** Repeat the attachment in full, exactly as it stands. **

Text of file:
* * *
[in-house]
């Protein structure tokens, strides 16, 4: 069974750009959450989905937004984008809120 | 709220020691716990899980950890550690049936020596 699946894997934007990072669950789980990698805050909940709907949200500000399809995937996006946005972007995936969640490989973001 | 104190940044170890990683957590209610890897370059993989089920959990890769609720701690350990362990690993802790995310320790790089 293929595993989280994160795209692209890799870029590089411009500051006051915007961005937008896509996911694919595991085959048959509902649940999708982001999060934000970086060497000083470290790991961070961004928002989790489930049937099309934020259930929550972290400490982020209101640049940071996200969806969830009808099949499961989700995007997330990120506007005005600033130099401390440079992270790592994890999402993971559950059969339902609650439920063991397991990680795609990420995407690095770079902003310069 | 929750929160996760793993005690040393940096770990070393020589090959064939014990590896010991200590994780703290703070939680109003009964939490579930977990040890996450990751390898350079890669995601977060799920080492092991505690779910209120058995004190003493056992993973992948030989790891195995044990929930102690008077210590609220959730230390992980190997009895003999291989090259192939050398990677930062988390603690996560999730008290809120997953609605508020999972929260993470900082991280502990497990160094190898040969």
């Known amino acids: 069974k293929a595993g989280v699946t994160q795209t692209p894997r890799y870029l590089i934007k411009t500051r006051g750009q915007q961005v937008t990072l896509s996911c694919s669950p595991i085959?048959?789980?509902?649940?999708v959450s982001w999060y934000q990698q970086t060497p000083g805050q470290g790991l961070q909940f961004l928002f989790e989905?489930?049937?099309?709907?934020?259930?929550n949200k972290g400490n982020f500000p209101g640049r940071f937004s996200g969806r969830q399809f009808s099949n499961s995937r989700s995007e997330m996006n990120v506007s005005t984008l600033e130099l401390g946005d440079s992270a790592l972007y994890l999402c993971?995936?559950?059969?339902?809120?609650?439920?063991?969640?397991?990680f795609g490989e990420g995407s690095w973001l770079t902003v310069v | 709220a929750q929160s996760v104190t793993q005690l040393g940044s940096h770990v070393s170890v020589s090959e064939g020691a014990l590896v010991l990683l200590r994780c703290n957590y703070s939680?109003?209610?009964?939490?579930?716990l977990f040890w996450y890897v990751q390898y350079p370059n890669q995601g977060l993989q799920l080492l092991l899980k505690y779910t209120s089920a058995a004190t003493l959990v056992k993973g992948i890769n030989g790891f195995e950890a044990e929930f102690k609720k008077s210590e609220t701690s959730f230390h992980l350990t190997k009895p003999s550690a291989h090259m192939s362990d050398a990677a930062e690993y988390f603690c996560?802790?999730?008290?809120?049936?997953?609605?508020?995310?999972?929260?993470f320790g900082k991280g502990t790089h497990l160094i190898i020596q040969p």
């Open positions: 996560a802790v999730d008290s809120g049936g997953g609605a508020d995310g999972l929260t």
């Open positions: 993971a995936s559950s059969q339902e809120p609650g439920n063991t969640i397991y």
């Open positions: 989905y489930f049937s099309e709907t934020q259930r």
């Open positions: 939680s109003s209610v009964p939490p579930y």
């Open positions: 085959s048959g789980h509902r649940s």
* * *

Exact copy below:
[in-house]
């Protein structure tokens, strides 16, 4: 069974750009959450989905937004984008809120 | 709220020691716990899980950890550690049936020596 699946894997934007990072669950789980990698805050909940709907949200500000399809995937996006946005972007995936969640490989973001 | 104190940044170890990683957590209610890897370059993989089920959990890769609720701690350990362990690993802790995310320790790089 293929595993989280994160795209692209890799870029590089411009500051006051915007961005937008896509996911694919595991085959048959509902649940999708982001999060934000970086060497000083470290790991961070961004928002989790489930049937099309934020259930929550972290400490982020209101640049940071996200969806969830009808099949499961989700995007997330990120506007005005600033130099401390440079992270790592994890999402993971559950059969339902609650439920063991397991990680795609990420995407690095770079902003310069 | 929750929160996760793993005690040393940096770990070393020589090959064939014990590896010991200590994780703290703070939680109003009964939490579930977990040890996450990751390898350079890669995601977060799920080492092991505690779910209120058995004190003493056992993973992948030989790891195995044990929930102690008077210590609220959730230390992980190997009895003999291989090259192939050398990677930062988390603690996560999730008290809120997953609605508020999972929260993470900082991280502990497990160094190898040969």
């Known amino acids: 069974k293929a595993g989280v699946t994160q795209t692209p894997r890799y870029l590089i934007k411009t500051r006051g750009q915007q961005v937008t990072l896509s996911c694919s669950p595991i085959?048959?789980?509902?649940?999708v959450s982001w999060y934000q990698q970086t060497p000083g805050q470290g790991l961070q909940f961004l928002f989790e989905?489930?049937?099309?709907?934020?259930?929550n949200k972290g400490n982020f500000p209101g640049r940071f937004s996200g969806r969830q399809f009808s099949n499961s995937r989700s995007e997330m996006n990120v506007s005005t984008l600033e130099l401390g946005d440079s992270a790592l972007y994890l999402c993971?995936?559950?059969?339902?809120?609650?439920?063991?969640?397991?990680f795609g490989e990420g995407s690095w973001l770079t902003v310069v | 709220a929750q929160s996760v104190t793993q005690l040393g940044s940096h770990v070393s170890v020589s090959e064939g020691a014990l590896v010991l990683l200590r994780c703290n957590y703070s939680?109003?209610?009964?939490?579930?716990l977990f040890w996450y890897v990751q390898y350079p370059n890669q995601g977060l993989q799920l080492l092991l899980k505690y779910t209120s089920a058995a004190t003493l959990v056992k993973g992948i890769n030989g790891f195995e950890a044990e929930f102690k609720k008077s210590e609220t701690s959730f230390h992980l350990t190997k009895p003999s550690a291989h090259m192939s362990d050398a990677a930062e690993y988390f603690c996560?802790?999730?008290?809120?049936?997953?609605?508020?995310?999972?929260?993470f320790g900082k991280g502990t790089h497990l160094i190898i020596q040969p």
């Open positions: 996560a802790v999730d008290s809120g049936g997953g609605a508020d995310g999972l929260t």
């Open positions: 993971a995936s559950s059969q339902e809120p609650g439920n063991t969640i397991y």
């Open positions: 989905y489930f049937s099309e709907t934020q259930r």
């Open positions: 939680s109003s209610v009964p939490p579930y």
């Open positions: 085959s048959g789980h509902r649940s």